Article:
A partner in the study, Chris Rosenberry, PGC Deer & Elk Section Supervisor, offered an interesting perspective on public lands hunting. By monitoring deer populations statewide, about 40 percent of bucks and less than 20 percent of does are harvested annually.
However does the harvest rate differ on State Forest Lands? You bet it does.
The study that included two years of field work indicate that the deer harvests on SFL’s is the lowest it has been in 15 years. To validate the findings, in the 2014-15 season 32 deer with GPS tracking equipment were followed. To the surprise of many, on the last day of the season 31 of these deer were still alive by season’s end.
It is interesting to learn how deer have changed. But unknown to many hunters, they themselves are changing.
While not glaring to most, the manner in which hunters apply their trade has made a dramatic switch.
Today’s deer hunters have reacted to the opportunities that have been presented to them, especially when it comes to archery.
Today the compound bow and crossbow, coupled with longer seasons and the chance to hunt during the rut, have contributed to the popularity of hunting with archery gear. And it shows. The deer take estimates for the 2015-16 season indicated that 315,813 buck and doe were harvested by hunters. That figure does not include whitetails taken in the Deer Management Area Program.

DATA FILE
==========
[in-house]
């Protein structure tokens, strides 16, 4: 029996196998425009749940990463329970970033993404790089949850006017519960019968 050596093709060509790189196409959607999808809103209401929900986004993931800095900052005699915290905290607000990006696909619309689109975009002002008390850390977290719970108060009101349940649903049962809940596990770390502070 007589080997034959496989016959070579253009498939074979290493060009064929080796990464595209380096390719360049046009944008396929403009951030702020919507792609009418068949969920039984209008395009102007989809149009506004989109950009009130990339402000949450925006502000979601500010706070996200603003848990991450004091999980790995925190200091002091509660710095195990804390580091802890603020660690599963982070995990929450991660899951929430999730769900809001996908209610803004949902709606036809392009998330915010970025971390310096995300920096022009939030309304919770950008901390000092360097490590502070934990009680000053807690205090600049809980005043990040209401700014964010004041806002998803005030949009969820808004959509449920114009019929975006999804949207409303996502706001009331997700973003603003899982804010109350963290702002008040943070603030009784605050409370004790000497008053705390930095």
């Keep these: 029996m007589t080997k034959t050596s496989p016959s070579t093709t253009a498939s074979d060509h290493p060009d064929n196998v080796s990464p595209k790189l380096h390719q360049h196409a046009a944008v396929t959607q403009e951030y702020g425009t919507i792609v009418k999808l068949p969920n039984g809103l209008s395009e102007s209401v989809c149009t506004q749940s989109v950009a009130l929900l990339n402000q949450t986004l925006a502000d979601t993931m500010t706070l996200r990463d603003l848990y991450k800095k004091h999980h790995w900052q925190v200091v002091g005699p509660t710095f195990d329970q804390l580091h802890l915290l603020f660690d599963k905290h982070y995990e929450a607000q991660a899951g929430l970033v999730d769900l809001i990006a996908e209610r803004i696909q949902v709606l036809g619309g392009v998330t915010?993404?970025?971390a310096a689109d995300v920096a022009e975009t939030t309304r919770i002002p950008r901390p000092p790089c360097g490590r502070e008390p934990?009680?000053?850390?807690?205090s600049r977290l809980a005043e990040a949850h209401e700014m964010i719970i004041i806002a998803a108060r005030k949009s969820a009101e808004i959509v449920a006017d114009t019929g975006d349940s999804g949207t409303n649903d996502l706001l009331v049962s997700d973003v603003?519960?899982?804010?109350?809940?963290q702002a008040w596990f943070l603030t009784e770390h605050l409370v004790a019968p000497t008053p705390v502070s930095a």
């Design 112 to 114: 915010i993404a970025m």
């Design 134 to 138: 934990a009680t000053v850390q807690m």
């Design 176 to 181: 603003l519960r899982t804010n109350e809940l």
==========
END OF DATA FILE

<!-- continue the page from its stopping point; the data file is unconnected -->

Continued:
Of that number, archers took 98,972 deer. Add in 21,859 deer harvested in the muzzleloader seasons and that figure swells to 120,831. The combined numbers make up over a third of the annual harvest. Is there any wonder why fewer hunters are in the woods hunting during the regular firearms season?
Then there is the way we hunt. Before the early seasons were established, deer numbers were higher when the regular firearms season opened. Today management practices have changed that, however in many cases many hunters have yet to understand why.
The simple fact is as humans we tend to resist change. The same goes for a segment of today’s sportsmen.
Those who chose to hunt will find game. Those who rely on hunting tactics of decades ago will find it more difficult to locate deer.
A good example is Don. This guy will complain about almost anything even when provided the facts. His standard answer is in quick succession is, “I know, I know,
I know. Stubborn to change.
He’s also the guy who annually sets his trail camera in the same spot year after year for months at a time and only captures an image or two. Yet he still does not want to change the location of his portable tree stand.
In the recent past, the last week of the regular firearms’ season has become a great time for hunting. The woods is less crowded and the deer have begun to settle down.
It’s a great time to alter your style of hunting if you haven’t already. Last day bucks are not out of the question. For those willing to invest some time, the chances of taking a last day buck are well within the realm of reality.
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Charlie Burchfield is an active member and past president of the Pennsylvania Outdoor Writers Association, an active member of the Professional Outdoor Media Association, Outdoor Writers Assoc. of America and the Mason-Dixon Outdoor Writers. Gateway Outdoors e-mail is GWOutdoors@comcast.net